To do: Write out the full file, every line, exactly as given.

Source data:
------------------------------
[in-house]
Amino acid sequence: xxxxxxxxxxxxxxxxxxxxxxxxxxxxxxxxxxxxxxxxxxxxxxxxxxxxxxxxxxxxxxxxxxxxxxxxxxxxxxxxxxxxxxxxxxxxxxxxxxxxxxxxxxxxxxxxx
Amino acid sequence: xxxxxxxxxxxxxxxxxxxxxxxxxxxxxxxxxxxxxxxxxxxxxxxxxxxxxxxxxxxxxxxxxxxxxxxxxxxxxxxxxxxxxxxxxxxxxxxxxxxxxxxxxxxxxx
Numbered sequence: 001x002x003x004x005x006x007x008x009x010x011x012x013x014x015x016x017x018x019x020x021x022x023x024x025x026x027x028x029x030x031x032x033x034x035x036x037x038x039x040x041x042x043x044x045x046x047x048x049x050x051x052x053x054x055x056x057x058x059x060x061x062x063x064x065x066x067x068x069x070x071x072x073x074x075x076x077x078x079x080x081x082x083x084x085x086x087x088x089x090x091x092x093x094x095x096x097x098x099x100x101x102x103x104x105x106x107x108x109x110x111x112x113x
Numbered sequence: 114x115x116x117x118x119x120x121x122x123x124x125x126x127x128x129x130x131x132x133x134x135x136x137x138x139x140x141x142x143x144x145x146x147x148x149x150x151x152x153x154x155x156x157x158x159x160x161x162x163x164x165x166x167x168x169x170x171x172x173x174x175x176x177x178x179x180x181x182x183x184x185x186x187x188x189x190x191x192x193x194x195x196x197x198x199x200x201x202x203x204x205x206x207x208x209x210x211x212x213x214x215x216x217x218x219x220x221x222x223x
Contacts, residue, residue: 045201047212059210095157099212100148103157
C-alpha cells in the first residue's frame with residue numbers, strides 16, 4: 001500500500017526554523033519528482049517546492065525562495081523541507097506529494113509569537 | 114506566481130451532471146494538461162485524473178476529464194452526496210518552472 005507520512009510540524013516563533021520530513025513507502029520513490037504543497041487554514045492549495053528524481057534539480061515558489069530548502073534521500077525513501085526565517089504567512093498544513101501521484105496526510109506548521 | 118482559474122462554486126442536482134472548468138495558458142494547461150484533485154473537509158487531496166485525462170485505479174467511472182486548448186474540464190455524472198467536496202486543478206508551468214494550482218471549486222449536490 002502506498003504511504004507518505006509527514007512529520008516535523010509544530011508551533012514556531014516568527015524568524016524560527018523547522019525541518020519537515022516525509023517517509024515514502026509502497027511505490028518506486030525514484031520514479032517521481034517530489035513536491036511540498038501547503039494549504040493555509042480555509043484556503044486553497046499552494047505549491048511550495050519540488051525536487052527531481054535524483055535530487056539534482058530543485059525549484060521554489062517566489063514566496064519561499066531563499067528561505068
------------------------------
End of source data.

[in-house]
Amino acid sequence: xxxxxxxxxxxxxxxxxxxxxxxxxxxxxxxxxxxxxxxxxxxxxxxxxxxxxxxxxxxxxxxxxxxxxxxxxxxxxxxxxxxxxxxxxxxxxxxxxxxxxxxxxxxxxxxxx
Amino acid sequence: xxxxxxxxxxxxxxxxxxxxxxxxxxxxxxxxxxxxxxxxxxxxxxxxxxxxxxxxxxxxxxxxxxxxxxxxxxxxxxxxxxxxxxxxxxxxxxxxxxxxxxxxxxxxxx
Numbered sequence: 001x002x003x004x005x006x007x008x009x010x011x012x013x014x015x016x017x018x019x020x021x022x023x024x025x026x027x028x029x030x031x032x033x034x035x036x037x038x039x040x041x042x043x044x045x046x047x048x049x050x051x052x053x054x055x056x057x058x059x060x061x062x063x064x065x066x067x068x069x070x071x072x073x074x075x076x077x078x079x080x081x082x083x084x085x086x087x088x089x090x091x092x093x094x095x096x097x098x099x100x101x102x103x104x105x106x107x108x109x110x111x112x113x
Numbered sequence: 114x115x116x117x118x119x120x121x122x123x124x125x126x127x128x129x130x131x132x133x134x135x136x137x138x139x140x141x142x143x144x145x146x147x148x149x150x151x152x153x154x155x156x157x158x159x160x161x162x163x164x165x166x167x168x169x170x171x172x173x174x175x176x177x178x179x180x181x182x183x184x185x186x187x188x189x190x191x192x193x194x195x196x197x198x199x200x201x202x203x204x205x206x207x208x209x210x211x212x213x214x215x216x217x218x219x220x221x222x223x
Contacts, residue, residue: 045201047212059210095157099212100148103157
C-alpha cells in the first residue's frame with residue numbers, strides 16, 4: 001500500500017526554523033519528482049517546492065525562495081523541507097506529494113509569537 | 114506566481130451532471146494538461162485524473178476529464194452526496210518552472 005507520512009510540524013516563533021520530513025513507502029520513490037504543497041487554514045492549495053528524481057534539480061515558489069530548502073534521500077525513501085526565517089504567512093498544513101501521484105496526510109506548521 | 118482559474122462554486126442536482134472548468138495558458142494547461150484533485154473537509158487531496166485525462170485505479174467511472182486548448186474540464190455524472198467536496202486543478206508551468214494550482218471549486222449536490 002502506498003504511504004507518505006509527514007512529520008516535523010509544530011508551533012514556531014516568527015524568524016524560527018523547522019525541518020519537515022516525509023517517509024515514502026509502497027511505490028518506486030525514484031520514479032517521481034517530489035513536491036511540498038501547503039494549504040493555509042480555509043484556503044486553497046499552494047505549491048511550495050519540488051525536487052527531481054535524483055535530487056539534482058530543485059525549484060521554489062517566489063514566496064519561499066531563499067528561505068